Summary of Aristotle

381 WordsOct 17, 20142 Pages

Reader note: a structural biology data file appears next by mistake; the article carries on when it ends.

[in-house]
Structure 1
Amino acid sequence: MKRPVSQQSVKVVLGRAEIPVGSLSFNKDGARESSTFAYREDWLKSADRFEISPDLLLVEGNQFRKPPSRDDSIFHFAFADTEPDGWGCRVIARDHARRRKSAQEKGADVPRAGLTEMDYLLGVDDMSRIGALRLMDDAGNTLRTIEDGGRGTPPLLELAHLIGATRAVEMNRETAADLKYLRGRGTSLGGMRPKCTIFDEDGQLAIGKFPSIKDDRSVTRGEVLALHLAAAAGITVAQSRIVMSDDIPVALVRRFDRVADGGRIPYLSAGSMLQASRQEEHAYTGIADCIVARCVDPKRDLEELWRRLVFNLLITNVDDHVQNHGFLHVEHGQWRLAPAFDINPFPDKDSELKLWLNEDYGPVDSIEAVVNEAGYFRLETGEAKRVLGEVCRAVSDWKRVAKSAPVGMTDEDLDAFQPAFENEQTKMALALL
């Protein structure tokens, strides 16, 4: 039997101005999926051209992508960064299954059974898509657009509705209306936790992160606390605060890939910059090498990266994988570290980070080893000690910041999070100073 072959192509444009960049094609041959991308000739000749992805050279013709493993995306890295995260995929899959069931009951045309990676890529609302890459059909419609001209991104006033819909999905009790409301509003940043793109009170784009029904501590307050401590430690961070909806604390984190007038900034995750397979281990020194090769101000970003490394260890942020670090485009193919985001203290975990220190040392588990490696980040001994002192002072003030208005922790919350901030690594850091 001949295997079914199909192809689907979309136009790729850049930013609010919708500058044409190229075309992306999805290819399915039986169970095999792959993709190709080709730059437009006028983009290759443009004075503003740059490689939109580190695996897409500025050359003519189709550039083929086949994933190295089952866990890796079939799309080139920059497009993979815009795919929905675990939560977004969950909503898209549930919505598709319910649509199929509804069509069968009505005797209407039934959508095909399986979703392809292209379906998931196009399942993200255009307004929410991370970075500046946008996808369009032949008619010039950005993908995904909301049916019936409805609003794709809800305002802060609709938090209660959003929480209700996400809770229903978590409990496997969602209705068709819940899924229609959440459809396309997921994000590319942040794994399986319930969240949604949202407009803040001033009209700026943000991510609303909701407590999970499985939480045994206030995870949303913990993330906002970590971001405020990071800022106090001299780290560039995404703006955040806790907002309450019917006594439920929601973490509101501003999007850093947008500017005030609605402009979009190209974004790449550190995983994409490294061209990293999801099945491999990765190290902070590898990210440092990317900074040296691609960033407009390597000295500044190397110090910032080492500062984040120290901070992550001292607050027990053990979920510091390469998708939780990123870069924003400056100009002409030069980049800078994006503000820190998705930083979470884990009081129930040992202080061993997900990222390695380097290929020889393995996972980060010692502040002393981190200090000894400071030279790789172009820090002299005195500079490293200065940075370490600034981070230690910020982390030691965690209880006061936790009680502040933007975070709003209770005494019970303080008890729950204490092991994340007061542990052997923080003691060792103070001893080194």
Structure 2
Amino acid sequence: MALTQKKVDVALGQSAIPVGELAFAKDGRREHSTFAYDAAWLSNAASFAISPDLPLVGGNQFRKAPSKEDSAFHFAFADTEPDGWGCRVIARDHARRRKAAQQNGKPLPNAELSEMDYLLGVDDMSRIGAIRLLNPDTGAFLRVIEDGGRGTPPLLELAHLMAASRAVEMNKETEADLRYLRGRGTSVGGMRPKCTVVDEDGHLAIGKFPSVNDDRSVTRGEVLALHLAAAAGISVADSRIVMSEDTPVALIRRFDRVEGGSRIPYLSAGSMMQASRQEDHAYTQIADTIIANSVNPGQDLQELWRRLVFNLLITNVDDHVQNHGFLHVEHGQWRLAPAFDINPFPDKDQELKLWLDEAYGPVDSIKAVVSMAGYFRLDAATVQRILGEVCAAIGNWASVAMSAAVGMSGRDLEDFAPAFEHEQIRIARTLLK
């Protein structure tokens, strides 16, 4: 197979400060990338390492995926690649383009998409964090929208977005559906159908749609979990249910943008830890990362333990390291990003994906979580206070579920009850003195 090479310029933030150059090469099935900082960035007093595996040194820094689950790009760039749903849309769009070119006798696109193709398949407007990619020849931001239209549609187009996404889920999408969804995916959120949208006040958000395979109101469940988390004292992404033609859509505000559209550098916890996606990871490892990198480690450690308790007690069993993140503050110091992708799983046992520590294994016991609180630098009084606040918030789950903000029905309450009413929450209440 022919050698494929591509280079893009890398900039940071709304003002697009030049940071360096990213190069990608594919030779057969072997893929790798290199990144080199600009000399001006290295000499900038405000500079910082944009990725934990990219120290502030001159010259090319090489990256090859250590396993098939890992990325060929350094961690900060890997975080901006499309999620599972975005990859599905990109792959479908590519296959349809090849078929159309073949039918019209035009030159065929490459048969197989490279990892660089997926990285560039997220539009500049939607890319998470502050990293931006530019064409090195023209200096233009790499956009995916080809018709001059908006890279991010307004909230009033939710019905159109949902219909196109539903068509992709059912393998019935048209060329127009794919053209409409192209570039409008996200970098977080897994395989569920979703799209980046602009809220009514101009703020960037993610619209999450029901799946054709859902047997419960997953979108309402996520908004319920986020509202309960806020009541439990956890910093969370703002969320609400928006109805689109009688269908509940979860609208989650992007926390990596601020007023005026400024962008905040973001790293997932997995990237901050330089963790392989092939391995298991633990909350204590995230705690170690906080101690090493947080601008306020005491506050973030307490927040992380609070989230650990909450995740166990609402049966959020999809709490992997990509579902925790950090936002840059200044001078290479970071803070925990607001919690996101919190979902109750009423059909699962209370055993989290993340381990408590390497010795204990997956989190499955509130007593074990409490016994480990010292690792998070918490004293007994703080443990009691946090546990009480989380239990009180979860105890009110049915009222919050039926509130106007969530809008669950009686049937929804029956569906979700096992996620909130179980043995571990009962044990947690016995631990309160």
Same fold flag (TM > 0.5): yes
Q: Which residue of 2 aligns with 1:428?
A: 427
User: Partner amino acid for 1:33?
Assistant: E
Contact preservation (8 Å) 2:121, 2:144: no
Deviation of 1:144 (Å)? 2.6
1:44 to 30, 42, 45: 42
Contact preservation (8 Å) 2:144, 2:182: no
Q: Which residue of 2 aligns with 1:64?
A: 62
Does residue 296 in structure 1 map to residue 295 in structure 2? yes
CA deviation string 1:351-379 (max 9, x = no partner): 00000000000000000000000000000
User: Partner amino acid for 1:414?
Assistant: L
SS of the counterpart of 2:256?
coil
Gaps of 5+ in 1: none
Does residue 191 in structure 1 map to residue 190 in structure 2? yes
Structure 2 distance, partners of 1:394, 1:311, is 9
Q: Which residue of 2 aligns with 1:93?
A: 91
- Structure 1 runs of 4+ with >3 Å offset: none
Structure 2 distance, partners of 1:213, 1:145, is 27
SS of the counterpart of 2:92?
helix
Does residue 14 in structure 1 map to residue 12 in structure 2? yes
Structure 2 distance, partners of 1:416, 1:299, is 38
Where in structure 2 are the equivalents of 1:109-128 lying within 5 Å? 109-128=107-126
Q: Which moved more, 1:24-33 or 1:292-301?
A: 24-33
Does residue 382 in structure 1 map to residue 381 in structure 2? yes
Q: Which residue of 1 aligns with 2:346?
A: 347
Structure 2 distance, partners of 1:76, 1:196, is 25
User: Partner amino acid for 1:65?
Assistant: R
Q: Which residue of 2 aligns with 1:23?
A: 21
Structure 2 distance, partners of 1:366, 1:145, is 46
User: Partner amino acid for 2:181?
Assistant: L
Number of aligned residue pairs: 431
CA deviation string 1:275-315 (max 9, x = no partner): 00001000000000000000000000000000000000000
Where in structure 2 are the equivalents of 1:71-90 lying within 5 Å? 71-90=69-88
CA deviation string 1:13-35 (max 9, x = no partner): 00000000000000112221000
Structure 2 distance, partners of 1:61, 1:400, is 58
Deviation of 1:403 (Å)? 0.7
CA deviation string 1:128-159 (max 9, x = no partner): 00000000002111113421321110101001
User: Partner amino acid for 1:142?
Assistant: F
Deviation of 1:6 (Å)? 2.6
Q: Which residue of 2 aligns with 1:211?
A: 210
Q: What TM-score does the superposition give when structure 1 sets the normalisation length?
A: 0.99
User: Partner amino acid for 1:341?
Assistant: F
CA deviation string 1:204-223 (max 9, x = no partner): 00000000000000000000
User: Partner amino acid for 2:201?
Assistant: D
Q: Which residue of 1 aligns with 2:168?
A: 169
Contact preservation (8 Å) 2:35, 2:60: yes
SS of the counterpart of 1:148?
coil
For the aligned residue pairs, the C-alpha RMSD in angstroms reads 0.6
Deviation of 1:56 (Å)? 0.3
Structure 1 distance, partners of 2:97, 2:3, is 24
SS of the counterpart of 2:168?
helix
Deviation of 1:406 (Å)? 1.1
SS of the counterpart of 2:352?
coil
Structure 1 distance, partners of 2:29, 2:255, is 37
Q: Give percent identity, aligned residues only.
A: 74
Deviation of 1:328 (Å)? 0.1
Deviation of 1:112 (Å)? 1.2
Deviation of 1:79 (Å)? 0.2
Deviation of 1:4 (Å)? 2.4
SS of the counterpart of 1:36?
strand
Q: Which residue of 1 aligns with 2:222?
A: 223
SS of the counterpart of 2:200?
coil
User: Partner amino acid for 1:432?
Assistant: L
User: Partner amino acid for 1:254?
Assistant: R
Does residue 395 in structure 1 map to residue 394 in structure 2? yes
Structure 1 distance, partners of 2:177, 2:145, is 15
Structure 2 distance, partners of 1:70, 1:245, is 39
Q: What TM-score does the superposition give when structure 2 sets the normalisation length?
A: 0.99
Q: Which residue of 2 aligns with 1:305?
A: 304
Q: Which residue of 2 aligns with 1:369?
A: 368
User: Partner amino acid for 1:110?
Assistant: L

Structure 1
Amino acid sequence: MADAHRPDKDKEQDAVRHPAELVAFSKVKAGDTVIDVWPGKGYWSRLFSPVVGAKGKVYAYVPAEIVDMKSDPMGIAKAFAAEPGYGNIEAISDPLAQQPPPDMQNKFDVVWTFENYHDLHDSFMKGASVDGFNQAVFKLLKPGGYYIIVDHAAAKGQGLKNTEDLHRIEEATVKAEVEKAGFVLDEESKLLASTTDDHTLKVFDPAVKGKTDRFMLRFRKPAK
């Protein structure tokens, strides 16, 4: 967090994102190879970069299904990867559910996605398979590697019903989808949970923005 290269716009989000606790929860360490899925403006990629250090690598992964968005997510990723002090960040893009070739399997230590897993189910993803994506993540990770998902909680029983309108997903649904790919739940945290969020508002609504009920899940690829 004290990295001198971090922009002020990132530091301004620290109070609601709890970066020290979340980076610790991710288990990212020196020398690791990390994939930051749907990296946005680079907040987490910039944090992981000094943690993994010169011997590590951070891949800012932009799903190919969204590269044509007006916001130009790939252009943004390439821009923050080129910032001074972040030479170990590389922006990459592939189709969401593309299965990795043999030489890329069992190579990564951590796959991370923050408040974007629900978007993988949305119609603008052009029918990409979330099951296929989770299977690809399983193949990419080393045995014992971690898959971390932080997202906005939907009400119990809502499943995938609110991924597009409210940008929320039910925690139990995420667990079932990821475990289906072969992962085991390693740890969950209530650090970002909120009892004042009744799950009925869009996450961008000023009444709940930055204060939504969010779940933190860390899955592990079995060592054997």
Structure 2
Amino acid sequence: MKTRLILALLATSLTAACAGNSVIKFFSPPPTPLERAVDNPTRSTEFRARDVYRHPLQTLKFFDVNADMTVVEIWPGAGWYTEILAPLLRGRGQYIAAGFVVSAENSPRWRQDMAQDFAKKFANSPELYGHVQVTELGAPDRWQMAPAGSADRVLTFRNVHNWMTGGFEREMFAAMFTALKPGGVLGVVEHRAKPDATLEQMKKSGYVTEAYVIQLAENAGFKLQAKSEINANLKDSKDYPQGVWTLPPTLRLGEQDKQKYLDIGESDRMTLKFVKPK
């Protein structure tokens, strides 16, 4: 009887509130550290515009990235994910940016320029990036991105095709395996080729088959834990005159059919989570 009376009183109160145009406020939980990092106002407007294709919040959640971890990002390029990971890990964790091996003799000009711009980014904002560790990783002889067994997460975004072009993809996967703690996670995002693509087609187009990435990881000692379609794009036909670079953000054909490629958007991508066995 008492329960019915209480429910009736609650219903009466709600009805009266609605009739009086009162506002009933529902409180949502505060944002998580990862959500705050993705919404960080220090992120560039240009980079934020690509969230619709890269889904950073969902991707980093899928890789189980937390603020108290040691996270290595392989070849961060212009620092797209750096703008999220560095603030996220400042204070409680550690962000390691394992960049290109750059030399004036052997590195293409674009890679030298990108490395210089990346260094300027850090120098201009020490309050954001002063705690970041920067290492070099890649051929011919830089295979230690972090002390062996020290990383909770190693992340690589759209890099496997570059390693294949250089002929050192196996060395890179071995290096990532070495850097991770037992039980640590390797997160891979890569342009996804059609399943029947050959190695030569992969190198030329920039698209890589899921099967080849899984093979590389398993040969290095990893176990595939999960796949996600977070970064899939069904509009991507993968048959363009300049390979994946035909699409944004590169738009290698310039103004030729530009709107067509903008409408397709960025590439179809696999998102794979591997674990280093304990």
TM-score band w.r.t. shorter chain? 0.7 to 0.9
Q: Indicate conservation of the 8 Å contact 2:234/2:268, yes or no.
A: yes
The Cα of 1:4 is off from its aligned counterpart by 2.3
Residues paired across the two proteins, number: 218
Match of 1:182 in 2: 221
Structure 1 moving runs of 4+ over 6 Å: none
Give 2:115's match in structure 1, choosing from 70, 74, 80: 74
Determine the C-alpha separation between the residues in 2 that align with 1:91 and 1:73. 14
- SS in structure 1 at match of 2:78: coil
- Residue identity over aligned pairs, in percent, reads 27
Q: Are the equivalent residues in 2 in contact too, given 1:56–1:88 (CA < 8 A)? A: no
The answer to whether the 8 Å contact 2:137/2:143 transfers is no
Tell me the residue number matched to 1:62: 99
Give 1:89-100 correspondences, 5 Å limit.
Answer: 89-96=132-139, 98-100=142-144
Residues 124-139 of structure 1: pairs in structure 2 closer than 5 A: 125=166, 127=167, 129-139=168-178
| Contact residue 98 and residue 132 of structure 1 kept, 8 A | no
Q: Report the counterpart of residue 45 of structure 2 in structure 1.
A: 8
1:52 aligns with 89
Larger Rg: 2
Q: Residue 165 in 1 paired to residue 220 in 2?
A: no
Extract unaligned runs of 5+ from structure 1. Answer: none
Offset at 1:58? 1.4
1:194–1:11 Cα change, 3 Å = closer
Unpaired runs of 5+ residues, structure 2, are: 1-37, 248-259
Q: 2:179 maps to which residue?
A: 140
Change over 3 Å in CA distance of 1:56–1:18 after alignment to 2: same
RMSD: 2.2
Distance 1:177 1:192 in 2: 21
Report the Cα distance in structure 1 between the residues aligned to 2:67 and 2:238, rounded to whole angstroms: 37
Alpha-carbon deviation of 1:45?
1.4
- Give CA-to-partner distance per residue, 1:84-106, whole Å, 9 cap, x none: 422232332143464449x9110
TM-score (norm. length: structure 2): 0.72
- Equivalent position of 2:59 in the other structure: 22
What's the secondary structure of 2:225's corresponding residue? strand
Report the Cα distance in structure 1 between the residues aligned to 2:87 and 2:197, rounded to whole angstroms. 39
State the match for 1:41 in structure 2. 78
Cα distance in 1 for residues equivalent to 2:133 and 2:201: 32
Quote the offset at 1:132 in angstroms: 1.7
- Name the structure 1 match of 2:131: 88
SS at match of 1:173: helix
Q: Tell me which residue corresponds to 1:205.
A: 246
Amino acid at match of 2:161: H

Summary of Aristotle Aristotle was a famous Greek philosopher who believed that virtues were not inborn but rather developed through training, experience, and constant repetition. He explained that virtue consisted of two parts: the moral and the intellectual. The moral virtue rose from habits, however the intellectual virtue originated from teaching and depends on experience and time. Both parts of virtues are formed in us and by time we get adapted to accept them and this is perfected by habit. Aristotle focuses on the point of learning and experience, in which he says that we improve our learning by experiencing various actions and situations. Moreover, he provides an example of men building houses and by time they become defined as builders. Thus, by performing a specific action we learn, and by constant learning and experience the action becomes a habit that we are no longer required to think of it before acting. Furthermore, Aristotle believed that as people grow older they tend to develop specific habits that will enable them by time to make the right decisions and choices. These right choices in Aristotle’s point of view fall between two extremes which are both bad in themselves. Since, it’s never good to do too little or too much of anything because this destroys strength. Moderation is always the best solution in any condition. In addition, Aristotle also elaborated on the necessity to study the suspect of actions and to know how to perform them. We should always be able to distinguish the defect and the excess in order to preserve the mean. Moreover, Aristotle also discusses an important topic which talks about people having certain traits as a result of certain actions. For example, men can become just and temperate by performing just and temperate actions. He goes on to talk about the three qualities in the origin of the soul which are Passions,

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